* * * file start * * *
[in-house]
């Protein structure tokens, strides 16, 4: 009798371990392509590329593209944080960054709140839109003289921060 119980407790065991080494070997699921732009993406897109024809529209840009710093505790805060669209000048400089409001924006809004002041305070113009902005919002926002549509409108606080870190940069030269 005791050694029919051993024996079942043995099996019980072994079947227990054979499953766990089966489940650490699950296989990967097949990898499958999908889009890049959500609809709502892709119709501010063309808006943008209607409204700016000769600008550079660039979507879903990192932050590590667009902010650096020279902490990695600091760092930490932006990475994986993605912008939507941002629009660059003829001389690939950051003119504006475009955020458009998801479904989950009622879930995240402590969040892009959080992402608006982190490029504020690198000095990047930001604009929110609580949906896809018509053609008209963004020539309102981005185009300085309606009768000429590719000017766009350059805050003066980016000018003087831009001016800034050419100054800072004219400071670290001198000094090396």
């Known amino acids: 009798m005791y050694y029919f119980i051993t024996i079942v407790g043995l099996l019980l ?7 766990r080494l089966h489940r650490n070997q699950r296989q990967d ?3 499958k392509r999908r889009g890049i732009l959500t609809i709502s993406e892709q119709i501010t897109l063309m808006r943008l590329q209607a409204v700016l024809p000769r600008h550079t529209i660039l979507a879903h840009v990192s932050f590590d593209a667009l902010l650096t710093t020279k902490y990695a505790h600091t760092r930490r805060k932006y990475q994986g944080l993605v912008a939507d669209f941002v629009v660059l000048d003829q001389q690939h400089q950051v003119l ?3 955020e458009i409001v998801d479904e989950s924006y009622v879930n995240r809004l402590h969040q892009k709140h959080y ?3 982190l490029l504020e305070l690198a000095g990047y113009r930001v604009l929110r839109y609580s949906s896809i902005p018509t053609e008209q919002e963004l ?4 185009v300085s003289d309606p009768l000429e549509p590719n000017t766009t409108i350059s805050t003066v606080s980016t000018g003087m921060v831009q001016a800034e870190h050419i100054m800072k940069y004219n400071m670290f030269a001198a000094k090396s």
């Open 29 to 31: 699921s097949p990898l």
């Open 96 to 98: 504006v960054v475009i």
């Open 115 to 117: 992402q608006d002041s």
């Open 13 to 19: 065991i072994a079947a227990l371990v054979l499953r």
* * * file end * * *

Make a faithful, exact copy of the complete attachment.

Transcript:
[in-house]
């Protein structure tokens, strides 16, 4: 009798371990392509590329593209944080960054709140839109003289921060 119980407790065991080494070997699921732009993406897109024809529209840009710093505790805060669209000048400089409001924006809004002041305070113009902005919002926002549509409108606080870190940069030269 005791050694029919051993024996079942043995099996019980072994079947227990054979499953766990089966489940650490699950296989990967097949990898499958999908889009890049959500609809709502892709119709501010063309808006943008209607409204700016000769600008550079660039979507879903990192932050590590667009902010650096020279902490990695600091760092930490932006990475994986993605912008939507941002629009660059003829001389690939950051003119504006475009955020458009998801479904989950009622879930995240402590969040892009959080992402608006982190490029504020690198000095990047930001604009929110609580949906896809018509053609008209963004020539309102981005185009300085309606009768000429590719000017766009350059805050003066980016000018003087831009001016800034050419100054800072004219400071670290001198000094090396």
């Known amino acids: 009798m005791y050694y029919f119980i051993t024996i079942v407790g043995l099996l019980l ?7 766990r080494l089966h489940r650490n070997q699950r296989q990967d ?3 499958k392509r999908r889009g890049i732009l959500t609809i709502s993406e892709q119709i501010t897109l063309m808006r943008l590329q209607a409204v700016l024809p000769r600008h550079t529209i660039l979507a879903h840009v990192s932050f590590d593209a667009l902010l650096t710093t020279k902490y990695a505790h600091t760092r930490r805060k932006y990475q994986g944080l993605v912008a939507d669209f941002v629009v660059l000048d003829q001389q690939h400089q950051v003119l ?3 955020e458009i409001v998801d479904e989950s924006y009622v879930n995240r809004l402590h969040q892009k709140h959080y ?3 982190l490029l504020e305070l690198a000095g990047y113009r930001v604009l929110r839109y609580s949906s896809i902005p018509t053609e008209q919002e963004l ?4 185009v300085s003289d309606p009768l000429e549509p590719n000017t766009t409108i350059s805050t003066v606080s980016t000018g003087m921060v831009q001016a800034e870190h050419i100054m800072k940069y004219n400071m670290f030269a001198a000094k090396s």
């Open 29 to 31: 699921s097949p990898l």
């Open 96 to 98: 504006v960054v475009i």
């Open 115 to 117: 992402q608006d002041s």
């Open 13 to 19: 065991i072994a079947a227990l371990v054979l499953r």